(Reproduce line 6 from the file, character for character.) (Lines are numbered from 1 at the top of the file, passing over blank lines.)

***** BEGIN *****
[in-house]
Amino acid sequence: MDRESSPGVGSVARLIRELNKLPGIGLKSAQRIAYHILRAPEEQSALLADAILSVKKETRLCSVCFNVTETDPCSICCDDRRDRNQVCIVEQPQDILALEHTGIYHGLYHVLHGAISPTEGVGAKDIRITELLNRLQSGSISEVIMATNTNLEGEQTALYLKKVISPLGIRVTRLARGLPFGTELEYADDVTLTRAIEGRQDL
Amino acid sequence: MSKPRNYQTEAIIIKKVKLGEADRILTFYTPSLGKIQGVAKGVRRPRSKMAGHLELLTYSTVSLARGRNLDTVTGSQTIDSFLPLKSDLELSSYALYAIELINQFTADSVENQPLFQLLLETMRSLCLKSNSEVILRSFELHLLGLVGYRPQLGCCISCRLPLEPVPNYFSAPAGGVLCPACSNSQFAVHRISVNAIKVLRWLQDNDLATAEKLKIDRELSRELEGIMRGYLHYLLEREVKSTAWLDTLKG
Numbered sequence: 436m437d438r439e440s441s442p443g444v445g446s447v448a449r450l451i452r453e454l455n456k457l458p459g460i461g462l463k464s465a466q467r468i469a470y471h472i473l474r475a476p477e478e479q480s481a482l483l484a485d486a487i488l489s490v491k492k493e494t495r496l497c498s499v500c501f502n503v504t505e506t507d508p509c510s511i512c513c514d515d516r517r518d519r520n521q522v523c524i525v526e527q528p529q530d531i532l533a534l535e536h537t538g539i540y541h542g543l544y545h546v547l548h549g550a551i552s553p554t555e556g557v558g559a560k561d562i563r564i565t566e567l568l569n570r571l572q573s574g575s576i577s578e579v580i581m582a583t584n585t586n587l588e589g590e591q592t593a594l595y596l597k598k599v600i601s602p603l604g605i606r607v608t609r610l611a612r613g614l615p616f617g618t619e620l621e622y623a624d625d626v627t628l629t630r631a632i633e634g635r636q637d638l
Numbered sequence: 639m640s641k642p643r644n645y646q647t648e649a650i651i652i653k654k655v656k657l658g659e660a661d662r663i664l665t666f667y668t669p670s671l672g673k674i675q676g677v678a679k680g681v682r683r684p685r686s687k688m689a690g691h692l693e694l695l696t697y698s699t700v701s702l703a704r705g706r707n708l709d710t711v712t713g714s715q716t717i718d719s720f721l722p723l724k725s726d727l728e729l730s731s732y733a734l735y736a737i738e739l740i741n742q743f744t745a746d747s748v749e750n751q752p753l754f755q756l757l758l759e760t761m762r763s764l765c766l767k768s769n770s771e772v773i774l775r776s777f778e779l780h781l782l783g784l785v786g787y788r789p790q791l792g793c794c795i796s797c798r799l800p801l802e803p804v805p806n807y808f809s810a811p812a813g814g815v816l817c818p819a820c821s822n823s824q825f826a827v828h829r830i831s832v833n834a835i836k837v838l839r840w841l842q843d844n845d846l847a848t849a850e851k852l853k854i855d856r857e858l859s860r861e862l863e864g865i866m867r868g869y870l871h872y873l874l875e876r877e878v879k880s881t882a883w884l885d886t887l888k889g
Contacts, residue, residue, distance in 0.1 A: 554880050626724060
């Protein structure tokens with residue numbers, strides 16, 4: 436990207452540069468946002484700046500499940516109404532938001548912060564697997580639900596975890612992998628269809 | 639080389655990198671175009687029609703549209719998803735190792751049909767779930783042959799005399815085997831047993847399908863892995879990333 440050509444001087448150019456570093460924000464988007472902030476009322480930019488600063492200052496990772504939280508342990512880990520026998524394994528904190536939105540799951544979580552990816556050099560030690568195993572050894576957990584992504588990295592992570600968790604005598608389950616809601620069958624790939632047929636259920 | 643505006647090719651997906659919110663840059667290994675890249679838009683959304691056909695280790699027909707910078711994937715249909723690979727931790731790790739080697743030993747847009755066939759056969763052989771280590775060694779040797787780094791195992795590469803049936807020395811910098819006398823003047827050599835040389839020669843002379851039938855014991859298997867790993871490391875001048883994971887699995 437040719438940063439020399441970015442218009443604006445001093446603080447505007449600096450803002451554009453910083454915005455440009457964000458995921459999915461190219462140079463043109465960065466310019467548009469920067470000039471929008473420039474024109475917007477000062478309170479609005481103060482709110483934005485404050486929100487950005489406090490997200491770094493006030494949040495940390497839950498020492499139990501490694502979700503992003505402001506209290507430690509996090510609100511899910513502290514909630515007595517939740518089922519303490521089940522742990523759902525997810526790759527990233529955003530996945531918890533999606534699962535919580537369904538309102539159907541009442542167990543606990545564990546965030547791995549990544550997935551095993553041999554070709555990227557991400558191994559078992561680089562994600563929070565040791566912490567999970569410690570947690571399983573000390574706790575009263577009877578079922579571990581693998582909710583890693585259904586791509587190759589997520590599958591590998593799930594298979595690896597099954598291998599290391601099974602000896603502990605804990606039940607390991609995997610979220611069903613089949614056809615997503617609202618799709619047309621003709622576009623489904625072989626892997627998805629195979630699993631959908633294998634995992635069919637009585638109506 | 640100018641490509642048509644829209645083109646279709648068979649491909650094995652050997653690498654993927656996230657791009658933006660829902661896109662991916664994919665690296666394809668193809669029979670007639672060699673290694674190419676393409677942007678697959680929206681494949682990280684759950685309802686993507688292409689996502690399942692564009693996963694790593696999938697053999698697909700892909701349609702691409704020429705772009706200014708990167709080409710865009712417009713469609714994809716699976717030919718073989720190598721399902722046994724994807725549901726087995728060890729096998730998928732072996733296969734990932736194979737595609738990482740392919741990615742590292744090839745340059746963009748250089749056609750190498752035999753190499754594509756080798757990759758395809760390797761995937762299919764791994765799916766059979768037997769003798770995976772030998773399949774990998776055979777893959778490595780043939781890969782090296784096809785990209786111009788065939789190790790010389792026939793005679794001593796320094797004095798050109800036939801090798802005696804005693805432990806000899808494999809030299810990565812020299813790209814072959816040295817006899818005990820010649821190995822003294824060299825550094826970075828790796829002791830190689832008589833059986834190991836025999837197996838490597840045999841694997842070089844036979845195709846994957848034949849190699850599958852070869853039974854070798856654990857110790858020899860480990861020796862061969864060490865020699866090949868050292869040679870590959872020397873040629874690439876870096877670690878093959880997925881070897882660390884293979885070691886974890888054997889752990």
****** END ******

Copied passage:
Contacts, residue, residue, distance in 0.1 A: 554880050626724060